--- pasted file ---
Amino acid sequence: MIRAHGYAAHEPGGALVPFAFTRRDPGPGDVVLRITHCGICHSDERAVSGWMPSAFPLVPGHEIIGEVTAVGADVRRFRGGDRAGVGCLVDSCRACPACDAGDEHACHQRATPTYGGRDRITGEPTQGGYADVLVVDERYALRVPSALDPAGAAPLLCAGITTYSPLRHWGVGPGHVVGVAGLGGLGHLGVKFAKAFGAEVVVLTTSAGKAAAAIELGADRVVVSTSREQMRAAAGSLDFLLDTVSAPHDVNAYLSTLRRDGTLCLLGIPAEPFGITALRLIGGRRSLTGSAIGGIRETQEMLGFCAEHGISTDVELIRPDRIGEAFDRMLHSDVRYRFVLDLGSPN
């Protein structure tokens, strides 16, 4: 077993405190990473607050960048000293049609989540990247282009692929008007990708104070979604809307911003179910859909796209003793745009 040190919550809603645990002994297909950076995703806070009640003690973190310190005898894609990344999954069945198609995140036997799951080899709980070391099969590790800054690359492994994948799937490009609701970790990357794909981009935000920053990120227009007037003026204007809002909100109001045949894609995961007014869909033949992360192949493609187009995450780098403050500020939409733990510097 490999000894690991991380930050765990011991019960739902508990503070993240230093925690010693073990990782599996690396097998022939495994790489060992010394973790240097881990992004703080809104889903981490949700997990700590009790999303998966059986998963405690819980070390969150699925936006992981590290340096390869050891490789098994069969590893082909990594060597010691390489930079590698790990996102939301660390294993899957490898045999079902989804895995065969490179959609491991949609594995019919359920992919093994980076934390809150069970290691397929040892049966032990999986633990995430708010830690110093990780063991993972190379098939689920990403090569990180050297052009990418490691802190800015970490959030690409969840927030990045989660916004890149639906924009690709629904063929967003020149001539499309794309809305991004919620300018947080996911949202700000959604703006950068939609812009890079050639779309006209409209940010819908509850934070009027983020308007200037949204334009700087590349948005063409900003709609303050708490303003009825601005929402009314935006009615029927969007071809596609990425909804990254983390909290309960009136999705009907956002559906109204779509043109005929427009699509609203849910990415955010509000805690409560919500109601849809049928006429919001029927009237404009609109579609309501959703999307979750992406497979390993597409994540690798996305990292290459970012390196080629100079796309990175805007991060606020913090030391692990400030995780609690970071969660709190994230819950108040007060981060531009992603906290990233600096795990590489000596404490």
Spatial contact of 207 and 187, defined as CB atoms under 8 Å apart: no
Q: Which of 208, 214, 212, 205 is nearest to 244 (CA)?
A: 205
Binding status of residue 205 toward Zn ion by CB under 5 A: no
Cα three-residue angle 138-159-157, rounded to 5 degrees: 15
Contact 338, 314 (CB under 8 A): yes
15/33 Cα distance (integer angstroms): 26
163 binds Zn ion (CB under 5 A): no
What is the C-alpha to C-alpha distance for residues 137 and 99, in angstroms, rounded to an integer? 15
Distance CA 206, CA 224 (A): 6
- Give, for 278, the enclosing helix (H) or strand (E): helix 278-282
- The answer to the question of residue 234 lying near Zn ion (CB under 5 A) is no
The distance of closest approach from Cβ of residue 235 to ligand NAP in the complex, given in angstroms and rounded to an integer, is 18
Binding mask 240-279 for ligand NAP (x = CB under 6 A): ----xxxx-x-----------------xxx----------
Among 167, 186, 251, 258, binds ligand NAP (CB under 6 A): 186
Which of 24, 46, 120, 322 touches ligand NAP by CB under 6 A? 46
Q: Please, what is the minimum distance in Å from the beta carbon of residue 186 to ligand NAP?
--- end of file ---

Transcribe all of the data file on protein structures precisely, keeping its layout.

Amino acid sequence: MIRAHGYAAHEPGGALVPFAFTRRDPGPGDVVLRITHCGICHSDERAVSGWMPSAFPLVPGHEIIGEVTAVGADVRRFRGGDRAGVGCLVDSCRACPACDAGDEHACHQRATPTYGGRDRITGEPTQGGYADVLVVDERYALRVPSALDPAGAAPLLCAGITTYSPLRHWGVGPGHVVGVAGLGGLGHLGVKFAKAFGAEVVVLTTSAGKAAAAIELGADRVVVSTSREQMRAAAGSLDFLLDTVSAPHDVNAYLSTLRRDGTLCLLGIPAEPFGITALRLIGGRRSLTGSAIGGIRETQEMLGFCAEHGISTDVELIRPDRIGEAFDRMLHSDVRYRFVLDLGSPN
């Protein structure tokens, strides 16, 4: 077993405190990473607050960048000293049609989540990247282009692929008007990708104070979604809307911003179910859909796209003793745009 040190919550809603645990002994297909950076995703806070009640003690973190310190005898894609990344999954069945198609995140036997799951080899709980070391099969590790800054690359492994994948799937490009609701970790990357794909981009935000920053990120227009007037003026204007809002909100109001045949894609995961007014869909033949992360192949493609187009995450780098403050500020939409733990510097 490999000894690991991380930050765990011991019960739902508990503070993240230093925690010693073990990782599996690396097998022939495994790489060992010394973790240097881990992004703080809104889903981490949700997990700590009790999303998966059986998963405690819980070390969150699925936006992981590290340096390869050891490789098994069969590893082909990594060597010691390489930079590698790990996102939301660390294993899957490898045999079902989804895995065969490179959609491991949609594995019919359920992919093994980076934390809150069970290691397929040892049966032990999986633990995430708010830690110093990780063991993972190379098939689920990403090569990180050297052009990418490691802190800015970490959030690409969840927030990045989660916004890149639906924009690709629904063929967003020149001539499309794309809305991004919620300018947080996911949202700000959604703006950068939609812009890079050639779309006209409209940010819908509850934070009027983020308007200037949204334009700087590349948005063409900003709609303050708490303003009825601005929402009314935006009615029927969007071809596609990425909804990254983390909290309960009136999705009907956002559906109204779509043109005929427009699509609203849910990415955010509000805690409560919500109601849809049928006429919001029927009237404009609109579609309501959703999307979750992406497979390993597409994540690798996305990292290459970012390196080629100079796309990175805007991060606020913090030391692990400030995780609690970071969660709190994230819950108040007060981060531009992603906290990233600096795990590489000596404490």
Spatial contact of 207 and 187, defined as CB atoms under 8 Å apart: no
Q: Which of 208, 214, 212, 205 is nearest to 244 (CA)?
A: 205
Binding status of residue 205 toward Zn ion by CB under 5 A: no
Cα three-residue angle 138-159-157, rounded to 5 degrees: 15
Contact 338, 314 (CB under 8 A): yes
15/33 Cα distance (integer angstroms): 26
163 binds Zn ion (CB under 5 A): no
What is the C-alpha to C-alpha distance for residues 137 and 99, in angstroms, rounded to an integer? 15
Distance CA 206, CA 224 (A): 6
- Give, for 278, the enclosing helix (H) or strand (E): helix 278-282
- The answer to the question of residue 234 lying near Zn ion (CB under 5 A) is no
The distance of closest approach from Cβ of residue 235 to ligand NAP in the complex, given in angstroms and rounded to an integer, is 18
Binding mask 240-279 for ligand NAP (x = CB under 6 A): ----xxxx-x-----------------xxx----------
Among 167, 186, 251, 258, binds ligand NAP (CB under 6 A): 186
Which of 24, 46, 120, 322 touches ligand NAP by CB under 6 A? 46
Q: Please, what is the minimum distance in Å from the beta carbon of residue 186 to ligand NAP?